After the entire adoption process full of paperwork and emotions, it’s normal that you’ve been dreaming about bringing your baby home for months. Once you find out you’re going to become a parent soon, it’s important to prepare your own newborn survival guide. That first couple of months at home with your newborn baby will try your willpower unlike anything else and once you’ve adopted a newborn, a whole new life is about to start. Here is some helpful advice to get you through those first few weeks and months.
Stall the Visitors
You'll likely want to spend lots of alone time with your baby, but family and friends will all want to visit as soon as possible. Parents need some time to bond with their newborn baby after the adoption, so kindly ask your family and friends to wait with the visits. If you explain to them why you think that the right thing to do, they will understand.
Freeze the Meals
Your baby will need your full attention and constant care, which leaves little room for cooking dinner. That's why it’s a nice idea to prepare some meals before your baby arrives and store them in the freezer. Meals like pasta dishes, lasagna, casseroles, soups, chili, and stew are good make-ahead options.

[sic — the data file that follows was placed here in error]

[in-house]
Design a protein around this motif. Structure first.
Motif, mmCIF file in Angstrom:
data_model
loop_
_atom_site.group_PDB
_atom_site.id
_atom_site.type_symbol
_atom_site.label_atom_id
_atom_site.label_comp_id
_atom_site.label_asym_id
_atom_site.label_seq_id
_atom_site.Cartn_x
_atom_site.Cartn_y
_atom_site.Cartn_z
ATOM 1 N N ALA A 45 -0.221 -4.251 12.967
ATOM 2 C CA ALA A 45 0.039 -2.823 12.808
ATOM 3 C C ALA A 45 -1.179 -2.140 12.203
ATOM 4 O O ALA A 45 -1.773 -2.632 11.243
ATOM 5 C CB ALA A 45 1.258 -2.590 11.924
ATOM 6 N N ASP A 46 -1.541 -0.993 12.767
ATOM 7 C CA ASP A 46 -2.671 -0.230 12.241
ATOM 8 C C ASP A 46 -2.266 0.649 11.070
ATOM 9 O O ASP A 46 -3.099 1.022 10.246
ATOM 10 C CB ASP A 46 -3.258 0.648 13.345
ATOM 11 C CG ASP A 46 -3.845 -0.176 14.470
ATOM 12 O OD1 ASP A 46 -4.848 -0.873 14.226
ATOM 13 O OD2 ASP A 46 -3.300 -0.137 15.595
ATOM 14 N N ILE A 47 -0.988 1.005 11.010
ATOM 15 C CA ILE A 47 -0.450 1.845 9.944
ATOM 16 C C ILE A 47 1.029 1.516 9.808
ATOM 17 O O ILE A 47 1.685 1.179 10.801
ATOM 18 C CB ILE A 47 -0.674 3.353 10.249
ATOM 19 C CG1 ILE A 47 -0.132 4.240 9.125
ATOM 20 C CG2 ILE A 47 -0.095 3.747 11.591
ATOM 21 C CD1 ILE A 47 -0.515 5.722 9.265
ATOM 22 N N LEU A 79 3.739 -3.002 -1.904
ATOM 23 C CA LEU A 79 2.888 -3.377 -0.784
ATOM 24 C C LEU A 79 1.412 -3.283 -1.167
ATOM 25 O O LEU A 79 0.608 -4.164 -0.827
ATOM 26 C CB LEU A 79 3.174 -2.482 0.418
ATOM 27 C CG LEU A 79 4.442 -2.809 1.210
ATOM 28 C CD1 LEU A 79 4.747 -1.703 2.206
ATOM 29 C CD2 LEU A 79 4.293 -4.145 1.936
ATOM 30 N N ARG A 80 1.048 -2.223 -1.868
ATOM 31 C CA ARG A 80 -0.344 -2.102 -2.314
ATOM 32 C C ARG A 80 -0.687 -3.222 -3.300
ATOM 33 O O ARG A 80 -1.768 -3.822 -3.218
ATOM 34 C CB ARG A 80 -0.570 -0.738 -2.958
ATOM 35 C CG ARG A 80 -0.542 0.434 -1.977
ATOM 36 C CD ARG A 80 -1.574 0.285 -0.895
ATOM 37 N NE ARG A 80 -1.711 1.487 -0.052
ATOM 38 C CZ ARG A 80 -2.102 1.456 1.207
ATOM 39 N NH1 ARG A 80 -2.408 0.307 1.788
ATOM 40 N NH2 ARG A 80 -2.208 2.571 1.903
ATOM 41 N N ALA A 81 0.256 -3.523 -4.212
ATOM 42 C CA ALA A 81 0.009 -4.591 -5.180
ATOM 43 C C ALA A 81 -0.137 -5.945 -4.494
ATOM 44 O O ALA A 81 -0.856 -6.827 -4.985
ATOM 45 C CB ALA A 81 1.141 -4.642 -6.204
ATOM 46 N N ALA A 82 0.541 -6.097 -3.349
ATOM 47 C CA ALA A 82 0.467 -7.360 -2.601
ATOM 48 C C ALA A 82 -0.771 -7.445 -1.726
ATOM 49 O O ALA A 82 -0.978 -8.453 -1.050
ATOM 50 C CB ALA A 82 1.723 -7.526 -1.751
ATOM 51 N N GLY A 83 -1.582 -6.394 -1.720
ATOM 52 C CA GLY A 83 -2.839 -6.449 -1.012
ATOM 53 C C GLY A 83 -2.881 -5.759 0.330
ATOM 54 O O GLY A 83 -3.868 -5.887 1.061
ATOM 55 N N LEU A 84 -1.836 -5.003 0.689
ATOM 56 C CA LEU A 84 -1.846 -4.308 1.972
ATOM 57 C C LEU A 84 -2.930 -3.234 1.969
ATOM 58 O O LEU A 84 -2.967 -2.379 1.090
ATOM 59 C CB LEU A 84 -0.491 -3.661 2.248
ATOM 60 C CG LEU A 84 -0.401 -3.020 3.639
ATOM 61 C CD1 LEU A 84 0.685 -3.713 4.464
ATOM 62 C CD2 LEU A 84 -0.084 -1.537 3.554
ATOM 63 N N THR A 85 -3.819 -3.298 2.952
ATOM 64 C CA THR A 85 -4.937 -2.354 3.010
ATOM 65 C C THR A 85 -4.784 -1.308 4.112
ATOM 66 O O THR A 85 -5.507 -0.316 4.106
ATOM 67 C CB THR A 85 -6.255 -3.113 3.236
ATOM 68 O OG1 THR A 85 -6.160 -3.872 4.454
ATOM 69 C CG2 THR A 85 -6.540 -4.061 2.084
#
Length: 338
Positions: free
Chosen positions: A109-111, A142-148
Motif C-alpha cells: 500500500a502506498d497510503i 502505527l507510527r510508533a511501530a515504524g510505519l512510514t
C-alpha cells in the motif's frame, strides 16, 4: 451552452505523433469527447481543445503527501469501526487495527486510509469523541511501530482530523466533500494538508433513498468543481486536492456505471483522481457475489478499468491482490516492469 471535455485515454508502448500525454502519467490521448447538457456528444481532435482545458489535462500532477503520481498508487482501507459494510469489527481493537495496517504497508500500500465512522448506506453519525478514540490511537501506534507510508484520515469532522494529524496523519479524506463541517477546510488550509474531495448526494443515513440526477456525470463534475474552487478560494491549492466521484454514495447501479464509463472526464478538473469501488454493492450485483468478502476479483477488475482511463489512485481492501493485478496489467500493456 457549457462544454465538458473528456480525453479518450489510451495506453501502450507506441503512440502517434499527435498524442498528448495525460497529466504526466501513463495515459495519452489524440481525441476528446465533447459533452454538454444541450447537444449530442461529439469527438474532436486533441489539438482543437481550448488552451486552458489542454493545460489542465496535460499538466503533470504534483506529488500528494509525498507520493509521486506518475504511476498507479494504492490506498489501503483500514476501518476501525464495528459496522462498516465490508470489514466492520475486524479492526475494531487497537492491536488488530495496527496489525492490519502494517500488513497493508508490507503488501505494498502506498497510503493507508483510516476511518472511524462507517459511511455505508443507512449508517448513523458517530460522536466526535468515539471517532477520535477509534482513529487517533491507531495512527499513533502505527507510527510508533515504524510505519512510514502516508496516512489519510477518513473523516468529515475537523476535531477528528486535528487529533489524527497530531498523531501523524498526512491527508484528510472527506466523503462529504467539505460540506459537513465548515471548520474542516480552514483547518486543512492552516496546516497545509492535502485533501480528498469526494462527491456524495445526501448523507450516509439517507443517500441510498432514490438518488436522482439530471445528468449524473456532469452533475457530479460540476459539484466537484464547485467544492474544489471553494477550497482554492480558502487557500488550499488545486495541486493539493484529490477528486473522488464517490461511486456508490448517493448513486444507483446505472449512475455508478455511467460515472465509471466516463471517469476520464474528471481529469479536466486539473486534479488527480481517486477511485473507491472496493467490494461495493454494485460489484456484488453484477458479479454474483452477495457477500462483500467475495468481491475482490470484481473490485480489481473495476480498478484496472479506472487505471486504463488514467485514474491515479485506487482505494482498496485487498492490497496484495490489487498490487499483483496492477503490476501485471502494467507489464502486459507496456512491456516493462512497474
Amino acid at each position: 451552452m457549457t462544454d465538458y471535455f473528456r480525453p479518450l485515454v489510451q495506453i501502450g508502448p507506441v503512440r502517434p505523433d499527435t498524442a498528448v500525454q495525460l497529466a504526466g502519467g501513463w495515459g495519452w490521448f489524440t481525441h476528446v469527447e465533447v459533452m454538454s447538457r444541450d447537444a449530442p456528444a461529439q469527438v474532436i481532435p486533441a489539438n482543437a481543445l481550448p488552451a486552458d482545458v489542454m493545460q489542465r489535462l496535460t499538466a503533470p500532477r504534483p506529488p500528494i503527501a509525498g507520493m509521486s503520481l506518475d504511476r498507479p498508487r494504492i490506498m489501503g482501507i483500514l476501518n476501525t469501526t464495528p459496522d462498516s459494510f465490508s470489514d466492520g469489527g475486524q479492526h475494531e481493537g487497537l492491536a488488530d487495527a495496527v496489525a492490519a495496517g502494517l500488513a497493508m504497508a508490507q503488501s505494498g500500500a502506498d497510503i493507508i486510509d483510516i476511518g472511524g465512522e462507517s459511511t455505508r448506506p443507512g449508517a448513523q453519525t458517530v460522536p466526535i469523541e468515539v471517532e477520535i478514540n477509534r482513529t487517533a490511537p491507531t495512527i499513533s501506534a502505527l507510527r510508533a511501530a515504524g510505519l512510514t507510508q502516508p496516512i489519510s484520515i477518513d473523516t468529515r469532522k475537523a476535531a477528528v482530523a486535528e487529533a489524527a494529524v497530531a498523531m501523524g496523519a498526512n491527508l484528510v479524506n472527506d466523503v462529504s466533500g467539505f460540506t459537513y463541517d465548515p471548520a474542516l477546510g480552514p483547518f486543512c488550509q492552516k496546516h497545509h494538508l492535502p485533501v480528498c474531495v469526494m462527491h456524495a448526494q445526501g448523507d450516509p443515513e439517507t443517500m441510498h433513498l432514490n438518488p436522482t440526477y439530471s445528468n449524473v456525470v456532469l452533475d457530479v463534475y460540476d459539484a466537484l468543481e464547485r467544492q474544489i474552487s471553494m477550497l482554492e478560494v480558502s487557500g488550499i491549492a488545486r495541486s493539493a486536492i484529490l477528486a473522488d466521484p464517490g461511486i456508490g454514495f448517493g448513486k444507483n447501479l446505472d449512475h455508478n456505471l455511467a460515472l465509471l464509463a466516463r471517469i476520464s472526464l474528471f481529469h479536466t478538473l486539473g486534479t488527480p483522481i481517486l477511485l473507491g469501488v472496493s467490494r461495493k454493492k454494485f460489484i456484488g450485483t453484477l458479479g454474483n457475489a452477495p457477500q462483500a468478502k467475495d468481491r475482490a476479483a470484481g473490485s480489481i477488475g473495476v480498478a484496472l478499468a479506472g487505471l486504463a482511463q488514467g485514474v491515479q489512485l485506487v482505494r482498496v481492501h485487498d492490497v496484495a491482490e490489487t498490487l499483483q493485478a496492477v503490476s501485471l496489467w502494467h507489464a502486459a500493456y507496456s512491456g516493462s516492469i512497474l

Calming a Crying Baby
Babies cry, and often you’ll have no idea why. To calm your baby you’ll need to identify the issue step by step, so you’ll check your baby’s diaper, make sure he or she isn't too cold or too hot, try to feed him or her, and check everything you can think of. If this doesn’t work, you can try swaddling your baby. A newborn massage also does wonders, just like swinging, and sucking a bottle or a pacifier.
A newborn baby needs a full bath only once or twice a week. Using soap and shampoo too often will dry out your baby's delicate skin. Before a bath, make sure your baby is not hungry or tired and that the room is warm enough. In between baths, you can give your baby a sponge bath with a warm, wet washcloth.
How to Survive the Night
Babies thrive on routine, and it's never too early to start establishing one. A bedtime routine is a great place to start. Begin winding down with the same activities every night, like reading a book, lowering the lights, singing a song, and cuddling. Over time, your baby will associate those activities with bedtime and falling asleep will come more easily. Keep nighttime feedings short and quiet to encourage your baby to fall back to sleep quickly.
Newborns have very small stomachs, so it’s completely normal to feed them more frequently. For the first few weeks, it’s important to feed them on demand. Eventually you'll work up to a feeding schedule if you so desire. If you feel like your baby isn’t getting enough food, you can always talk to your pediatrician to make sure your baby is gaining enough weight.
When you’re changing your baby’s diaper, you should know your colors. In baby’s first couple of days, the stool is usually black. After that, it’ll get lighter brown before turning to yellow. No matter how you feed your baby, normal colors are brown, green, or yellow. If you notice something white or red that can indicate a problem, so call your baby’s pediatrician right away.